While reading Amfortas’ recent post I was reminded of Irving Langmuir, the American physicist and chemist. In 1932 he was awarded the Nobel Prize for chemistry for his work in surface chemistry.
One of Langmuir’s many interests was what he called pathological science. He never committed his views to paper, but in 1953 he gave a famous lecture on pathological science – what he called the science of things that aren't so.
During his talk, Langmuir presented a summary of what he believed to be the common symptoms of pathological science.
These are cases where there is no dishonesty involved but where people are tricked into false results by a lack of understanding about what human beings can do to themselves in the way of being led astray by subjective effects, wishful thinking or threshold interactions.
These are examples of pathological science. These are things that attracted a great deal of attention. Usually hundreds of papers have been published upon them. Sometimes they have lasted for fifteen or twenty years and then they gradually die away.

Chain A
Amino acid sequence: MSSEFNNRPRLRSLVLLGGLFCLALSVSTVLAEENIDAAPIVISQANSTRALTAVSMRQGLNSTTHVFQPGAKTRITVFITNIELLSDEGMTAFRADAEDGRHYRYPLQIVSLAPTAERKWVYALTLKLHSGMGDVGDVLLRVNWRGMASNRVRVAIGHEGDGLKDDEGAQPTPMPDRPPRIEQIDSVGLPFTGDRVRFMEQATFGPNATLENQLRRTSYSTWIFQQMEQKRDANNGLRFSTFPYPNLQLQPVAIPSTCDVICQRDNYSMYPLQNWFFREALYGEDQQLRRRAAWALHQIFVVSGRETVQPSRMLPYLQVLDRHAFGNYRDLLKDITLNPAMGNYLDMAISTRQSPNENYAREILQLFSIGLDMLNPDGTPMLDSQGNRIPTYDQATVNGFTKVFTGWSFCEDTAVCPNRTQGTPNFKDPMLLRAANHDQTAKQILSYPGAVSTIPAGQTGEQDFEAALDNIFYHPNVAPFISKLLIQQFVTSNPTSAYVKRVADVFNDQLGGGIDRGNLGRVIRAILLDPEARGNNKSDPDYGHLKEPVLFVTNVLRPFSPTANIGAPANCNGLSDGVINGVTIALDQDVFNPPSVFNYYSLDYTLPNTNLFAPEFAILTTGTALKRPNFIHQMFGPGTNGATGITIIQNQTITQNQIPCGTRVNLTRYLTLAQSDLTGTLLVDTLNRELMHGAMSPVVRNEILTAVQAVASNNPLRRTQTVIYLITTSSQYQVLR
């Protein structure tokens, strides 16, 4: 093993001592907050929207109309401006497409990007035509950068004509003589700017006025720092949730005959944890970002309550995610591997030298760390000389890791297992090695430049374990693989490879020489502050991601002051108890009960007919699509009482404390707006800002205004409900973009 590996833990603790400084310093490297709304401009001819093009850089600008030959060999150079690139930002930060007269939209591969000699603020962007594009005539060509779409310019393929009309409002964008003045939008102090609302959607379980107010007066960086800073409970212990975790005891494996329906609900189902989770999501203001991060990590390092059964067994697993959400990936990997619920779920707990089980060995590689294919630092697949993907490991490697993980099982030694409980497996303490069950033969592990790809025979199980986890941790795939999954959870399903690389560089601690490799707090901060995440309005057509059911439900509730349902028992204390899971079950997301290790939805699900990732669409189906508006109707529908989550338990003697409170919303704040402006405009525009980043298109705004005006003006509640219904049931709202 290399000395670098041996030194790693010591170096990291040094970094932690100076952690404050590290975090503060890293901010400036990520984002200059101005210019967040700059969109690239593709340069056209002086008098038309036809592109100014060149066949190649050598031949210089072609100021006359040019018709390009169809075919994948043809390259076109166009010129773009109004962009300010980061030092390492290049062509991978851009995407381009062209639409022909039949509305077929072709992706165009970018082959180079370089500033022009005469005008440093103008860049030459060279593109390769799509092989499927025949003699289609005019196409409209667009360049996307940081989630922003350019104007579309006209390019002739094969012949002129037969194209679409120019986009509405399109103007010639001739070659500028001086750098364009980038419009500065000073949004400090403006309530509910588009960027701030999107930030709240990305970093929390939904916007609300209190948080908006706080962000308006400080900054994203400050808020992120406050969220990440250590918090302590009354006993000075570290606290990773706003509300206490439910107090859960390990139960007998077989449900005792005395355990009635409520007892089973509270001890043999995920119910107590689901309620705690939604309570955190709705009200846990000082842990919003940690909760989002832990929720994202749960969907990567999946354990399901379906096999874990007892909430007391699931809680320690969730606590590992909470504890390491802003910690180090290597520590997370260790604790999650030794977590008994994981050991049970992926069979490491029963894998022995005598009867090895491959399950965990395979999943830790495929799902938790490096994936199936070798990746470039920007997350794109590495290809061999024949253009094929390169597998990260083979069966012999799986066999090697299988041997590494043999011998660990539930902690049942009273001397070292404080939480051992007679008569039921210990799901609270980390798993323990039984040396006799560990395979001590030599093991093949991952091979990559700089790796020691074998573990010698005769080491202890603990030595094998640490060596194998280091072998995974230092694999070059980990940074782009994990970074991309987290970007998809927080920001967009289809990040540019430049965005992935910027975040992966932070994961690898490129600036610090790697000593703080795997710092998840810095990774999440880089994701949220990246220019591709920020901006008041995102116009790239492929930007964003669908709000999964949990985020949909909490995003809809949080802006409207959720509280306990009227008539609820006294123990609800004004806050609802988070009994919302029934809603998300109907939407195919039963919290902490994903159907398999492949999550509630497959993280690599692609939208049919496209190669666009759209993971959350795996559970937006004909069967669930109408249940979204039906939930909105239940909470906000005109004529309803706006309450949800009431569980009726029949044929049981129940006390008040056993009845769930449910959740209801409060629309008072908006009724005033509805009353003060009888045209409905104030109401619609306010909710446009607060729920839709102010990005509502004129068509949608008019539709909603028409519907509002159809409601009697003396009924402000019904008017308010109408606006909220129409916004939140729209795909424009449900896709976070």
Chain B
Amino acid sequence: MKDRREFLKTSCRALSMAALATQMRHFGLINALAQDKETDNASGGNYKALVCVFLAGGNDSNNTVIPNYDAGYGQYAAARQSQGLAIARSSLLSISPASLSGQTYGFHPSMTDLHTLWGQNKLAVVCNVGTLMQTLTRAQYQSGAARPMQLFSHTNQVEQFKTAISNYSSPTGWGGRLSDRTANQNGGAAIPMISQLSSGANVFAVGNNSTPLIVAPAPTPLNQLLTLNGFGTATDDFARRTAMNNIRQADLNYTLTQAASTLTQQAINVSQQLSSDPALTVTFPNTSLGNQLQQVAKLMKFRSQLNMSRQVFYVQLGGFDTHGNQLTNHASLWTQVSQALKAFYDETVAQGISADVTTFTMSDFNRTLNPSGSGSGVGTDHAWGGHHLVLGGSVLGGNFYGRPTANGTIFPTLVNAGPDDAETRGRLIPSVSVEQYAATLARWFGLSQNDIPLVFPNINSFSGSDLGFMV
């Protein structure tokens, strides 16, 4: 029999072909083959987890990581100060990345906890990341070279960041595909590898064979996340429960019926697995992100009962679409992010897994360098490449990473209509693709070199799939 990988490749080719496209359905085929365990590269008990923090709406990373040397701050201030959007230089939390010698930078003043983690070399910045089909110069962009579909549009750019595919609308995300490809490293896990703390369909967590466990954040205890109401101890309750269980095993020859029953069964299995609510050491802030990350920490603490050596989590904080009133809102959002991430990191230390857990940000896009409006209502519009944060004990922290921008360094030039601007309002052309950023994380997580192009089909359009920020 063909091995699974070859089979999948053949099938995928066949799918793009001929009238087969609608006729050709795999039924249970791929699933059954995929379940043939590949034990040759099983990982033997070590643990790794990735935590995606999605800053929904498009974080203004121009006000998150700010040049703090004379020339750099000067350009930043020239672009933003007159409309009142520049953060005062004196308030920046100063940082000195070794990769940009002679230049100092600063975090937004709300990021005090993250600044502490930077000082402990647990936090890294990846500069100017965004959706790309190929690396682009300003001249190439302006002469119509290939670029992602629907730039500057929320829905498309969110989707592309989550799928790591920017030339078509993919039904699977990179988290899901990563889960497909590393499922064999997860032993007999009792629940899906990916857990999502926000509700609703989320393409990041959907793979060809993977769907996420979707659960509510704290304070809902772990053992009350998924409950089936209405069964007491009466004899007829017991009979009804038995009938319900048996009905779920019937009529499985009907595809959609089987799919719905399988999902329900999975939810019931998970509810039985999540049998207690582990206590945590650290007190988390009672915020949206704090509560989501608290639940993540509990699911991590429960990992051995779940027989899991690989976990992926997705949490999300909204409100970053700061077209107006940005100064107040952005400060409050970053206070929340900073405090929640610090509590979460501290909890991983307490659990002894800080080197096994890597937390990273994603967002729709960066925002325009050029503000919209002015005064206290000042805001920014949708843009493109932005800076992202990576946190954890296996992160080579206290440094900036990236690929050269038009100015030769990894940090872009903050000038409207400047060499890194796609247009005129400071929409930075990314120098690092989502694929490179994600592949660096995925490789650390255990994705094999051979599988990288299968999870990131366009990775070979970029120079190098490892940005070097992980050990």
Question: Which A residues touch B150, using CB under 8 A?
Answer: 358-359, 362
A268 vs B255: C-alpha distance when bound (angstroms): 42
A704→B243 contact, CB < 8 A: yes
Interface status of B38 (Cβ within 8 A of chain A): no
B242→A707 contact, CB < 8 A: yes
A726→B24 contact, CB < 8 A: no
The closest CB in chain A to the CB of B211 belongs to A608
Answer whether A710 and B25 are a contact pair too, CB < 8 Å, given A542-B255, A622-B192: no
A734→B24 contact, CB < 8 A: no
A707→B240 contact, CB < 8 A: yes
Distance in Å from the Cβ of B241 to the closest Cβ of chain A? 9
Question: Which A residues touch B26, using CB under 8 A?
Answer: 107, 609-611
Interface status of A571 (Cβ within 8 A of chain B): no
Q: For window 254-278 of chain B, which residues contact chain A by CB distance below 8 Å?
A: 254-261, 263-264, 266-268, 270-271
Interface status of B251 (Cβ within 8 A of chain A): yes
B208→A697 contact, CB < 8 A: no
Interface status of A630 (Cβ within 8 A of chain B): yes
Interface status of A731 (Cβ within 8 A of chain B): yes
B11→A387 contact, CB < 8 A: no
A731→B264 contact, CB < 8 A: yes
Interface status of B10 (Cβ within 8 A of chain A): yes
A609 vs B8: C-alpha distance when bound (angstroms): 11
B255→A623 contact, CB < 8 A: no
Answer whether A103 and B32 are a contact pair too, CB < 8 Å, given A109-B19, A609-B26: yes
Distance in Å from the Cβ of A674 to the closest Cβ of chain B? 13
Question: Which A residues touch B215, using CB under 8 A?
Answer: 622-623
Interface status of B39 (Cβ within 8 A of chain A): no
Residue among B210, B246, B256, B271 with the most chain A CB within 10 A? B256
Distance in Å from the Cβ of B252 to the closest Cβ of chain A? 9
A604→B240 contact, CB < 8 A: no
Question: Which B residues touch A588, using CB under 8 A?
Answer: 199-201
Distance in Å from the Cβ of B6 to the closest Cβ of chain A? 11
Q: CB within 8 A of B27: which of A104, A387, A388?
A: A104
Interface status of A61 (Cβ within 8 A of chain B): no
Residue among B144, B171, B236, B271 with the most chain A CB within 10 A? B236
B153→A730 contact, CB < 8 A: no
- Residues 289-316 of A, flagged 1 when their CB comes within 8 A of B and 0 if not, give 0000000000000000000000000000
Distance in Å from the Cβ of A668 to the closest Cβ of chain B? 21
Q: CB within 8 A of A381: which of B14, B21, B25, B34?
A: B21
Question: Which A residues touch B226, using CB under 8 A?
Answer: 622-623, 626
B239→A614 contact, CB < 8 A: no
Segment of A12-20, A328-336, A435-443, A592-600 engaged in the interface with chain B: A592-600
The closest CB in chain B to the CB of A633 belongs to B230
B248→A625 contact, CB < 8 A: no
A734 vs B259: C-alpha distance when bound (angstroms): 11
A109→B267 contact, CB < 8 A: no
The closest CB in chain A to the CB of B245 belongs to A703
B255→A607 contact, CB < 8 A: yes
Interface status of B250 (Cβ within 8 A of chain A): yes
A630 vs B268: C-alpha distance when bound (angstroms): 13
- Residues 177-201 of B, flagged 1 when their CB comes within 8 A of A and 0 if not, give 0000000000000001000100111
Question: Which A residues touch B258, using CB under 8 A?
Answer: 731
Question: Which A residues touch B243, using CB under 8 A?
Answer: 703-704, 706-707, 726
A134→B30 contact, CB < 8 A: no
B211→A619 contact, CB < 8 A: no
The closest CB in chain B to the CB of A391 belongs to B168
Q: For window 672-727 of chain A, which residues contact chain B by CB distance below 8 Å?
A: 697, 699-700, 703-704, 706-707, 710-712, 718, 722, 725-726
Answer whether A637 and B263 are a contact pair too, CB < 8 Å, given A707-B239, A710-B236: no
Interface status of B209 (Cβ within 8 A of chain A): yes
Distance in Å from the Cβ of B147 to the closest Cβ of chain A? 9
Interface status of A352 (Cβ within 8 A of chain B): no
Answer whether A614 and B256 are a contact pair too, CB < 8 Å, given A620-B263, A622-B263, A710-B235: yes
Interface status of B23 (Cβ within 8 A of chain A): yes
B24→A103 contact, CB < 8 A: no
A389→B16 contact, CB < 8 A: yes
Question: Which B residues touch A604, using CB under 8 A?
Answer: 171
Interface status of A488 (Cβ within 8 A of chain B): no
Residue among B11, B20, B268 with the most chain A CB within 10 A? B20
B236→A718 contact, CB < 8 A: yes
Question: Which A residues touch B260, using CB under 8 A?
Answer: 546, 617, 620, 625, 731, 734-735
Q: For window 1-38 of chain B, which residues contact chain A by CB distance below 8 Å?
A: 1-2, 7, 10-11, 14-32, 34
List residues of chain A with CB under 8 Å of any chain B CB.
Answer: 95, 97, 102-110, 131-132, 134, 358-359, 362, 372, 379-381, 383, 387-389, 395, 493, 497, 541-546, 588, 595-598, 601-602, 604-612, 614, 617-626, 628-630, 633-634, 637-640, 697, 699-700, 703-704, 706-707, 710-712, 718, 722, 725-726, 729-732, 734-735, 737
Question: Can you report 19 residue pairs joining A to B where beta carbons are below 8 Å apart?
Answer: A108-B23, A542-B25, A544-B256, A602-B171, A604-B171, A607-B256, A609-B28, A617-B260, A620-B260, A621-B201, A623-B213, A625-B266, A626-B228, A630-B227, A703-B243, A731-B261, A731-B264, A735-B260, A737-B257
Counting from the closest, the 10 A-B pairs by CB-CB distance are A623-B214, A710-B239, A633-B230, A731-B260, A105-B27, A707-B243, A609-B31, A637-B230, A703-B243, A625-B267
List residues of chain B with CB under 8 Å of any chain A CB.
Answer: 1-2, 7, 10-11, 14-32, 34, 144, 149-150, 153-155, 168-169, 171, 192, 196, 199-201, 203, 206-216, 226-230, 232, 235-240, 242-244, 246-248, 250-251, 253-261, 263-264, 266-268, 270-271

Symptoms of Pathological Science:
- The maximum effect that is observed is produced by a causative agent of barely detectable intensity, and the magnitude of the effect is substantially independent of the intensity of the cause.
- The effect is of a magnitude that remains close to the limit of detectability; or, many measurements are necessary because of the very low statistical significance of the results.
- Claims of great accuracy.
- Fantastic theories contrary to experience.
- Criticisms are met by ad hoc excuses thought up on the spur of the moment.
- Ratio of supporters to critics rises up to somewhere near 50% and then falls gradually to oblivion.
The parallels with climate science are surely obvious and striking. One exception may be Langmuir’s view on duration - fifteen or twenty years. , Presumably that doesn’t take into account politically motivated funding.